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MacBook Air: A reprieve for the best travel computer


Normally when I travel for more than a couple of days I am used to taking the 15in MacBook Pro Retina which acts as my desktop at base. My three-year-old MacBook Air, which I previously doted on, has been unloved in my office since I resigned myself to the extra weight of the Pro.

This week, however, I decided to resurrect the Air for a four-day visit to Denmark, primarily because I wanted to do some serious writing and I balked at carrying the heavier laptop. The catalyst was the arrival of my new carry-on bag, the Tom Bihn Synapse which I wrote about while in Washington.  This really is a great solution. The backpack is small, very light but holds a mountain of equipment, including the Air, a couple of cameras, two or three lenses, cables, connectors, cash, cards and all the paraphernalia needed when boarding a plane.

I immediately appreciated the weight saving of the Air. The Mac Book Pro will not fit in the Synapse, so would have had to take a larger, heavier bag if I’d opted for the Pro, thus adding even more to the burden.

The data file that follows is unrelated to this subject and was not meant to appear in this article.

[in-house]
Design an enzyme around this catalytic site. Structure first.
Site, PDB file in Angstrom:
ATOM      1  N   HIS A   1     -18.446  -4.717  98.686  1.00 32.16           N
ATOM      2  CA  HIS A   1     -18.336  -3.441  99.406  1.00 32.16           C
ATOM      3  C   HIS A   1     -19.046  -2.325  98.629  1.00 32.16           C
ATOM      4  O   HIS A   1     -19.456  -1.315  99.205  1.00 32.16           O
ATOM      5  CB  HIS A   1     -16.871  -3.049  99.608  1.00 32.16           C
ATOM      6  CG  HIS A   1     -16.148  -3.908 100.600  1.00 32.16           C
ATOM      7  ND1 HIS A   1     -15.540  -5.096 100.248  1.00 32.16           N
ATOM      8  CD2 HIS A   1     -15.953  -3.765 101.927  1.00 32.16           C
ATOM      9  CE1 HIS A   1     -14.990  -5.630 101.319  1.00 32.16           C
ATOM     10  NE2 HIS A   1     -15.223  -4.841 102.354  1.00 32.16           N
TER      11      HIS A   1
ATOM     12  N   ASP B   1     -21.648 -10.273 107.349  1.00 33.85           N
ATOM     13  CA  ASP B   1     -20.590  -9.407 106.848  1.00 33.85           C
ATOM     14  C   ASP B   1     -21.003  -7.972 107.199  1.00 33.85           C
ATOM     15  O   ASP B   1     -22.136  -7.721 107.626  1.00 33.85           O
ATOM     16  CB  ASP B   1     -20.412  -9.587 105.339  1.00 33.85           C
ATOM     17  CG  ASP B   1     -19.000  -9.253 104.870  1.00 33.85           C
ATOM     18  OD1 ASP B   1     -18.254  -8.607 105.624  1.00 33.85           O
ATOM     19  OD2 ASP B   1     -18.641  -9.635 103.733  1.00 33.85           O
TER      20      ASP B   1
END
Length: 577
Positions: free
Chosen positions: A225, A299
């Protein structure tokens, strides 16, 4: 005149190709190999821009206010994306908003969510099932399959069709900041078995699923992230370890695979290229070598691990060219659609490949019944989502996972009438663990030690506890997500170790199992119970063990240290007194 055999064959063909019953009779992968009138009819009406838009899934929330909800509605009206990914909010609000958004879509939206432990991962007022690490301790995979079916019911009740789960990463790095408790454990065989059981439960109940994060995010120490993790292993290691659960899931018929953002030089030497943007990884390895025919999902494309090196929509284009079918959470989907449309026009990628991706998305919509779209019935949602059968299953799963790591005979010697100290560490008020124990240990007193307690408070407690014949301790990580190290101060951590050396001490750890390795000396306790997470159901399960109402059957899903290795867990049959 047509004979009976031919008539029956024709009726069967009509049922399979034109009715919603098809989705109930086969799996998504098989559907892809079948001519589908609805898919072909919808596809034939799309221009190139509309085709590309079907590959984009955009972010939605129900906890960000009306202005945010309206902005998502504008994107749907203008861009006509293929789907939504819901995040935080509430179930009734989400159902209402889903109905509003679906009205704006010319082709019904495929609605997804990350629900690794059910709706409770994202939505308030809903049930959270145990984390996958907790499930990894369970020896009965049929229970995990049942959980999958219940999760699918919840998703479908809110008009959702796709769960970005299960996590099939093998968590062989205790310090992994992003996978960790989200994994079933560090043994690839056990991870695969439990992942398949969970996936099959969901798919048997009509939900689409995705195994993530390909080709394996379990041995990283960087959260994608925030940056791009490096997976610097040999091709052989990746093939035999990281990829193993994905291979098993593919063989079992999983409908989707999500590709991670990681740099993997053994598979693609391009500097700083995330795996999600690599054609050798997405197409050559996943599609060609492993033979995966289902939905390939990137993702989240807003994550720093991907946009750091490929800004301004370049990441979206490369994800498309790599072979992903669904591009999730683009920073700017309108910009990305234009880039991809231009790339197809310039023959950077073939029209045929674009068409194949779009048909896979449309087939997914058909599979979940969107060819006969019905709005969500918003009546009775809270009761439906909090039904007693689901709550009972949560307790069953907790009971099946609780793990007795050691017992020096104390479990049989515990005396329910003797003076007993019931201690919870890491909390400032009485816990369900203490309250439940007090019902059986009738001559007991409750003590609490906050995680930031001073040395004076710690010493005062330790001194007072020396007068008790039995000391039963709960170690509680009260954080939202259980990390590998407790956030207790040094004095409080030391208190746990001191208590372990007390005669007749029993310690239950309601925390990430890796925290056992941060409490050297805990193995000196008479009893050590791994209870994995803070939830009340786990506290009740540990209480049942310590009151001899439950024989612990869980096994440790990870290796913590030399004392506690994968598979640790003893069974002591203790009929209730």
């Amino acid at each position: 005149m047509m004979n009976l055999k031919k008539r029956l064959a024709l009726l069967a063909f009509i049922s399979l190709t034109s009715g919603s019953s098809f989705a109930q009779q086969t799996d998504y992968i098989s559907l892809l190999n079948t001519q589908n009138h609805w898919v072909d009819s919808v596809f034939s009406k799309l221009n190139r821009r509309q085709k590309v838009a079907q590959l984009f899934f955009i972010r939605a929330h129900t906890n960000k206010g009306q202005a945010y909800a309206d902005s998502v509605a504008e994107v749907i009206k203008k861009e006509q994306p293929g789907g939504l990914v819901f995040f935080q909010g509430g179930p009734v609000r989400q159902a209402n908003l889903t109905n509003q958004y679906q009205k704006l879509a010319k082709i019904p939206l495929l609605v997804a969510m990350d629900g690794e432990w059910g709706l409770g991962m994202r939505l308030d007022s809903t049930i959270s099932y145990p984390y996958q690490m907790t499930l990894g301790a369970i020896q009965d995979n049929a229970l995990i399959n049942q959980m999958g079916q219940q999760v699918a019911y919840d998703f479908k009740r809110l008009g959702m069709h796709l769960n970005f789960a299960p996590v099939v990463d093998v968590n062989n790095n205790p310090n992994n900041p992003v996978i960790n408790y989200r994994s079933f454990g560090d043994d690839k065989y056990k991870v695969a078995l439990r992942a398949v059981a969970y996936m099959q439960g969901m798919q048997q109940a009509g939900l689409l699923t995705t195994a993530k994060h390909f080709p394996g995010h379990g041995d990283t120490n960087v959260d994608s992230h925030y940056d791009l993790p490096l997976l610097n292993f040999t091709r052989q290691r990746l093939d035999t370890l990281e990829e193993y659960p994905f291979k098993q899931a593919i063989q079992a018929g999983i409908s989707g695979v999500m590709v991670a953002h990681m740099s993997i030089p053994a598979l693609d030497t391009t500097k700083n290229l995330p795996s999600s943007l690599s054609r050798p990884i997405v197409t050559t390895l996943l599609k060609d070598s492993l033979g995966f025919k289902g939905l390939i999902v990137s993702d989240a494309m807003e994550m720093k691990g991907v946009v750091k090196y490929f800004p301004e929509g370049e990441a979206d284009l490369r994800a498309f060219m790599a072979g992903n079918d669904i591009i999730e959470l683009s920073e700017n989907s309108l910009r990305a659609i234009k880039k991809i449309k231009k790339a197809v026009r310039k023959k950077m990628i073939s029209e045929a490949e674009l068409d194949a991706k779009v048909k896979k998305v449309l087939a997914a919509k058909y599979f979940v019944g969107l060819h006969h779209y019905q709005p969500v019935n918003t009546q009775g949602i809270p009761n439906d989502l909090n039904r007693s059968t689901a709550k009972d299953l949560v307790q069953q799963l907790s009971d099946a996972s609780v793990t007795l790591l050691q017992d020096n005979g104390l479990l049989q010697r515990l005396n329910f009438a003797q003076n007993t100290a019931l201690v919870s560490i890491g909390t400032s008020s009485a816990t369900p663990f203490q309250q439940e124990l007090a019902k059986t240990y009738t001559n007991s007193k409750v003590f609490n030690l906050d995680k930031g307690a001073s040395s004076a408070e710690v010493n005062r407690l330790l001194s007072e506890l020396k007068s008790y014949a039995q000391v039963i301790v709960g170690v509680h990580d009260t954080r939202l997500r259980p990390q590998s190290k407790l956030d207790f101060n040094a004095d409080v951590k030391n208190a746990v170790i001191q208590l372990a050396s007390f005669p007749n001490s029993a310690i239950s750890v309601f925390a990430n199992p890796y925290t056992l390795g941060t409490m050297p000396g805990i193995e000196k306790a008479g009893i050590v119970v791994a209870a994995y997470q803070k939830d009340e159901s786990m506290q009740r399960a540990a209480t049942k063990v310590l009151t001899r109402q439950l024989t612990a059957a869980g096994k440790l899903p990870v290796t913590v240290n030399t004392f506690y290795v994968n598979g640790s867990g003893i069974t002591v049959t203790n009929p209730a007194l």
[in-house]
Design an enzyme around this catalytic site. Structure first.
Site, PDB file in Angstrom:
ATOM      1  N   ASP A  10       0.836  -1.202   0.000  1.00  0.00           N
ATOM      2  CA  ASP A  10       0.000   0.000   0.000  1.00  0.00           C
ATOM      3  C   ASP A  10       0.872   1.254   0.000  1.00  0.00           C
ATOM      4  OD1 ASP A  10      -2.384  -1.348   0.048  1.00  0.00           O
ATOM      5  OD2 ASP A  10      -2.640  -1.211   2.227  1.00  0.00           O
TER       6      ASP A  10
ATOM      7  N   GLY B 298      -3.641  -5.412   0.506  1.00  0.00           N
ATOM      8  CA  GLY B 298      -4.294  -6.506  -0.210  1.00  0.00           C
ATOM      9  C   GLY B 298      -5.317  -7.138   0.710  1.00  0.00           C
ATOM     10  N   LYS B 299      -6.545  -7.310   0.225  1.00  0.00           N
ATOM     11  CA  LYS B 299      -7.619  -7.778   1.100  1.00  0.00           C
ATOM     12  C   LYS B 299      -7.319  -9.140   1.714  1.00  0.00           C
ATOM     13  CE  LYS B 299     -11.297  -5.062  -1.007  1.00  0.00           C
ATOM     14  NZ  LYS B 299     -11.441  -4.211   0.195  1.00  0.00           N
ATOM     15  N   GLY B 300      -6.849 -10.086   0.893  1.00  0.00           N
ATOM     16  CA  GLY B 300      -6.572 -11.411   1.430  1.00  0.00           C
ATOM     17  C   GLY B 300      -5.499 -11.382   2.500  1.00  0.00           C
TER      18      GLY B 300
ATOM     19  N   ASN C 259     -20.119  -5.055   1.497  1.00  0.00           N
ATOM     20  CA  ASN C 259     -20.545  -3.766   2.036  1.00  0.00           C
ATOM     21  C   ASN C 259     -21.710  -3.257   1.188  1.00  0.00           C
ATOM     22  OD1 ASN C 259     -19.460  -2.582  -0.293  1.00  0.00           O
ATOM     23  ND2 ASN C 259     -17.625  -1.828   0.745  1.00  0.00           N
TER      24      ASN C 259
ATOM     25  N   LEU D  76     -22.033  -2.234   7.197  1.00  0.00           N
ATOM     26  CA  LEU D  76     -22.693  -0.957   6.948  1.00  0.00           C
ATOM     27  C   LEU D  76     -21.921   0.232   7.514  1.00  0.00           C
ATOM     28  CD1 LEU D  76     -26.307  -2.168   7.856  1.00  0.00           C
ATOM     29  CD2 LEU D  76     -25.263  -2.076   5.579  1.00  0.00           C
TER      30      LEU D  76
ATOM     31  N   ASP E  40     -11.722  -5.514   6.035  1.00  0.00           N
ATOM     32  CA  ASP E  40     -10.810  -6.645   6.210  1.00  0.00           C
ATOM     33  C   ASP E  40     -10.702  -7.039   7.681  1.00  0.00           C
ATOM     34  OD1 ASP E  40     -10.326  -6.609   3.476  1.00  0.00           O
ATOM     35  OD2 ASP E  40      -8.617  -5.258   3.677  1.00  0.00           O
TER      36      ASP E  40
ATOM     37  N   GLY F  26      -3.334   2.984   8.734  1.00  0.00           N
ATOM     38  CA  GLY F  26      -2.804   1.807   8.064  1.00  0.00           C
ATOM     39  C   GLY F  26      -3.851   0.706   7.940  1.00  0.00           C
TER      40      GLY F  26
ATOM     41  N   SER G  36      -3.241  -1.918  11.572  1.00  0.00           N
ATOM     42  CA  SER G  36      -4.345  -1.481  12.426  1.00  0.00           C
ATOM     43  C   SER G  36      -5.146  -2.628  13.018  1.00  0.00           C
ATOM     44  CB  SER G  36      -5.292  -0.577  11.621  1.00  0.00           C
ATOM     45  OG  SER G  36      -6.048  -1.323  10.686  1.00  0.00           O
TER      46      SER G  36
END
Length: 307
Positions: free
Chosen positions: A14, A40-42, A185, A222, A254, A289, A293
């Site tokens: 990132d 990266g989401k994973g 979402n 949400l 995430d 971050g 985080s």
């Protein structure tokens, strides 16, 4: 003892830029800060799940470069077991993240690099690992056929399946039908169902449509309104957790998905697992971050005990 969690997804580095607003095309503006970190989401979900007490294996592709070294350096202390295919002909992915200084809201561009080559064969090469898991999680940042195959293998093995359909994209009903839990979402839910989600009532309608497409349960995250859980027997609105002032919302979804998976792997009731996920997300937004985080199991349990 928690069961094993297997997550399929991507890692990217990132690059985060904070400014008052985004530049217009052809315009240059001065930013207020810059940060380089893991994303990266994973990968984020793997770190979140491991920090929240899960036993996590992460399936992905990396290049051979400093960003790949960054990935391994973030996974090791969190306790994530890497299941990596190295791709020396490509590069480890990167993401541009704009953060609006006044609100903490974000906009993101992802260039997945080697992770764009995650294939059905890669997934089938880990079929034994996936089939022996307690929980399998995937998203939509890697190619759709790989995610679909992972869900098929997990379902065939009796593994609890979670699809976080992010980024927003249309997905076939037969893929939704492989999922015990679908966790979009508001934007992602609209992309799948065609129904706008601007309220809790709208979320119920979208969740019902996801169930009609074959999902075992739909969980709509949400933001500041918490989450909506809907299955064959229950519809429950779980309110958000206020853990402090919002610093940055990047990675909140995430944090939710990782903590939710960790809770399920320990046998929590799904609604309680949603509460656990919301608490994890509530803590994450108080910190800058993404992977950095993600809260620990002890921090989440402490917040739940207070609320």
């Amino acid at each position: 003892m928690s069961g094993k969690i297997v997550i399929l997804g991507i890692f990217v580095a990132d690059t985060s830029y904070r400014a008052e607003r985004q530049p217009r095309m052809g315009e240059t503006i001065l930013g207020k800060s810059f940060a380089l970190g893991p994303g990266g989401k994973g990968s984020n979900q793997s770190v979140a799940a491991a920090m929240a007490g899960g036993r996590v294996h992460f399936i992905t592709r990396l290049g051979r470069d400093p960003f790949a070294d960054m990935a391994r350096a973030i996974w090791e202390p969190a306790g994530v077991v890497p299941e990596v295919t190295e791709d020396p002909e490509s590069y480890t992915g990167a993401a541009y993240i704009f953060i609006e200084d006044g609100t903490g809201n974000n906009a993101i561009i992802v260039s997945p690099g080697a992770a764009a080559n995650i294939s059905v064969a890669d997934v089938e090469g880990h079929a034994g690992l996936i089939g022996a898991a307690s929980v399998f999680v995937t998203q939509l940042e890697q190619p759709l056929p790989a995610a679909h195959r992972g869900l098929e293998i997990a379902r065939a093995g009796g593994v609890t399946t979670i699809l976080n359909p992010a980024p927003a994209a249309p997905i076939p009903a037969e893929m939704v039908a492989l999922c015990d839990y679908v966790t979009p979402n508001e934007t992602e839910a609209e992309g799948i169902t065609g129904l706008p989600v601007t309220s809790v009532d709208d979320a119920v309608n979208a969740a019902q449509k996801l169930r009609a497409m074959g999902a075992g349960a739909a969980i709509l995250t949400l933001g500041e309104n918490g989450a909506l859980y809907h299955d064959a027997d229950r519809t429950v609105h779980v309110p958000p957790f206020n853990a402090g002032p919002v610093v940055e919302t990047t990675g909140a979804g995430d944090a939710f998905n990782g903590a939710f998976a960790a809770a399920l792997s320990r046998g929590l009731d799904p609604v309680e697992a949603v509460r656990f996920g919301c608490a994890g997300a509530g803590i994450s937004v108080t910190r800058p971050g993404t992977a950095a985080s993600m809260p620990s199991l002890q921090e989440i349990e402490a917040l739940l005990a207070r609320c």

The experience so far has been extremely positive. The Synapse feels great, has loads of pockets and, of course, I have added pouches and wallets for all the small stuff. I am also enjoying reacquainting myself with the lightweight MacBook Air. I enthused about it mightily in the past and actually went through three iterations of the model, one 13in and two 11in versions. As a travel computer it is without compare; I have even left the iPad at home on this trip and will content myself with reading on the iPhone. 

A couple of months ago I nearly sold the Air but I am glad I didn’t. I had convinced myself that I should use just one computer and not have to worry about keeping two devices up to date. Now, I have revised that opinion and feel that I will hang on to this particular 11in Air  just for travelling.